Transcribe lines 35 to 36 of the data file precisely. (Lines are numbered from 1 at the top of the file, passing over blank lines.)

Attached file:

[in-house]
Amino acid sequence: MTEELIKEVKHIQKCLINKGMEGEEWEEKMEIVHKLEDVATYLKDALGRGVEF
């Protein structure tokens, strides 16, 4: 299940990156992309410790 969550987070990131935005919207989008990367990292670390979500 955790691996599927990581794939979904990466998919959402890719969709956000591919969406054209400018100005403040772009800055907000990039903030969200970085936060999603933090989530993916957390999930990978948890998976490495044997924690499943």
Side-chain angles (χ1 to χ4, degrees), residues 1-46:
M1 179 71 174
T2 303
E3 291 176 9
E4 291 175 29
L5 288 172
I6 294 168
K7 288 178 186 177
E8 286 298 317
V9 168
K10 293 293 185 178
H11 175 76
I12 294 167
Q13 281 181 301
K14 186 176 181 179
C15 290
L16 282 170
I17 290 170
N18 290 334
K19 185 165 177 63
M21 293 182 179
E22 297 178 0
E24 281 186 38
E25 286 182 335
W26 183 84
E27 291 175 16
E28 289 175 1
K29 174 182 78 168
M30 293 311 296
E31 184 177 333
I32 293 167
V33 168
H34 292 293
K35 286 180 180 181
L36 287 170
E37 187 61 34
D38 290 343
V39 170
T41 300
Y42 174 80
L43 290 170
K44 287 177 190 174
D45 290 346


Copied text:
V33 168
H34 292 293